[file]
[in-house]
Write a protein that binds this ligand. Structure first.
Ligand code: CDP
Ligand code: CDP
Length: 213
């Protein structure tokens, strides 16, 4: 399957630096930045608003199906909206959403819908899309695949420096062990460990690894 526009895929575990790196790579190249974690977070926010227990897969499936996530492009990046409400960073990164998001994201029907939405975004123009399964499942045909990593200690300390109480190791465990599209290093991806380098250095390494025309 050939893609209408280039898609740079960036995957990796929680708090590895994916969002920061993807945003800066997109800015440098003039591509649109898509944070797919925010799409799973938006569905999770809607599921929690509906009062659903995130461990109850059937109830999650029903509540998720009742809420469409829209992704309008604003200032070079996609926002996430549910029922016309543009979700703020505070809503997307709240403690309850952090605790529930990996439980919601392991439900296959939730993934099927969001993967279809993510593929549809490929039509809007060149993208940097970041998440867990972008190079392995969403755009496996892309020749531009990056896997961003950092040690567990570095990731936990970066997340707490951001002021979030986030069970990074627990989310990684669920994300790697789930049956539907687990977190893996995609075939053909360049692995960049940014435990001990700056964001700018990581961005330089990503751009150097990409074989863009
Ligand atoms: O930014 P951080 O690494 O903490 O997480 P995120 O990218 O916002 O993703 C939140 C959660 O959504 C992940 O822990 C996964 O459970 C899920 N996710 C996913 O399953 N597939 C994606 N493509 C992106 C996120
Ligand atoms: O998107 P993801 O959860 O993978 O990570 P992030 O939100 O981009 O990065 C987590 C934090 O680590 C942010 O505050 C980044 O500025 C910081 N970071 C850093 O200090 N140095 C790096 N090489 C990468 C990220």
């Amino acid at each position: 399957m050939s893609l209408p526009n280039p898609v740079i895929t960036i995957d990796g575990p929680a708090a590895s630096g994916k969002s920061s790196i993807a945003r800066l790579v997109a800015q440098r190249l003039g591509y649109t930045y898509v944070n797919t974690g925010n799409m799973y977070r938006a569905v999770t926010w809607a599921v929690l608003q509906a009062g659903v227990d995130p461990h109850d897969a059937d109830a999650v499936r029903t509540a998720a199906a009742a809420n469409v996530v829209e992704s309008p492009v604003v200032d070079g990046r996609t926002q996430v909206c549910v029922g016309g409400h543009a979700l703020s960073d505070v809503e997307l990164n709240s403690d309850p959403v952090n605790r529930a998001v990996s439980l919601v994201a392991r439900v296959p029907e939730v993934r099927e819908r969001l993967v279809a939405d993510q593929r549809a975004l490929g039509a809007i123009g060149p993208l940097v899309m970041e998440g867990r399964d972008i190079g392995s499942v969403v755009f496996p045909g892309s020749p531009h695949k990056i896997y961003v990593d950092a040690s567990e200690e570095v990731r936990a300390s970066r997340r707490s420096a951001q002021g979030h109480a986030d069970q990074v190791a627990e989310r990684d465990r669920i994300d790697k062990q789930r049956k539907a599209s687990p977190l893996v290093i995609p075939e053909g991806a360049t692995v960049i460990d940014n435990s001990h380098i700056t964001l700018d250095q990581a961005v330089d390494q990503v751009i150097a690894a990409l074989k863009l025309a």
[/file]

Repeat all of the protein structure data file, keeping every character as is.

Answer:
[in-house]
Write a protein that binds this ligand. Structure first.
Ligand code: CDP
Ligand code: CDP
Length: 213
């Protein structure tokens, strides 16, 4: 399957630096930045608003199906909206959403819908899309695949420096062990460990690894 526009895929575990790196790579190249974690977070926010227990897969499936996530492009990046409400960073990164998001994201029907939405975004123009399964499942045909990593200690300390109480190791465990599209290093991806380098250095390494025309 050939893609209408280039898609740079960036995957990796929680708090590895994916969002920061993807945003800066997109800015440098003039591509649109898509944070797919925010799409799973938006569905999770809607599921929690509906009062659903995130461990109850059937109830999650029903509540998720009742809420469409829209992704309008604003200032070079996609926002996430549910029922016309543009979700703020505070809503997307709240403690309850952090605790529930990996439980919601392991439900296959939730993934099927969001993967279809993510593929549809490929039509809007060149993208940097970041998440867990972008190079392995969403755009496996892309020749531009990056896997961003950092040690567990570095990731936990970066997340707490951001002021979030986030069970990074627990989310990684669920994300790697789930049956539907687990977190893996995609075939053909360049692995960049940014435990001990700056964001700018990581961005330089990503751009150097990409074989863009
Ligand atoms: O930014 P951080 O690494 O903490 O997480 P995120 O990218 O916002 O993703 C939140 C959660 O959504 C992940 O822990 C996964 O459970 C899920 N996710 C996913 O399953 N597939 C994606 N493509 C992106 C996120
Ligand atoms: O998107 P993801 O959860 O993978 O990570 P992030 O939100 O981009 O990065 C987590 C934090 O680590 C942010 O505050 C980044 O500025 C910081 N970071 C850093 O200090 N140095 C790096 N090489 C990468 C990220």
């Amino acid at each position: 399957m050939s893609l209408p526009n280039p898609v740079i895929t960036i995957d990796g575990p929680a708090a590895s630096g994916k969002s920061s790196i993807a945003r800066l790579v997109a800015q440098r190249l003039g591509y649109t930045y898509v944070n797919t974690g925010n799409m799973y977070r938006a569905v999770t926010w809607a599921v929690l608003q509906a009062g659903v227990d995130p461990h109850d897969a059937d109830a999650v499936r029903t509540a998720a199906a009742a809420n469409v996530v829209e992704s309008p492009v604003v200032d070079g990046r996609t926002q996430v909206c549910v029922g016309g409400h543009a979700l703020s960073d505070v809503e997307l990164n709240s403690d309850p959403v952090n605790r529930a998001v990996s439980l919601v994201a392991r439900v296959p029907e939730v993934r099927e819908r969001l993967v279809a939405d993510q593929r549809a975004l490929g039509a809007i123009g060149p993208l940097v899309m970041e998440g867990r399964d972008i190079g392995s499942v969403v755009f496996p045909g892309s020749p531009h695949k990056i896997y961003v990593d950092a040690s567990e200690e570095v990731r936990a300390s970066r997340r707490s420096a951001q002021g979030h109480a986030d069970q990074v190791a627990e989310r990684d465990r669920i994300d790697k062990q789930r049956k539907a599209s687990p977190l893996v290093i995609p075939e053909g991806a360049t692995v960049i460990d940014n435990s001990h380098i700056t964001l700018d250095q990581a961005v330089d390494q990503v751009i150097a690894a990409l074989k863009l025309a």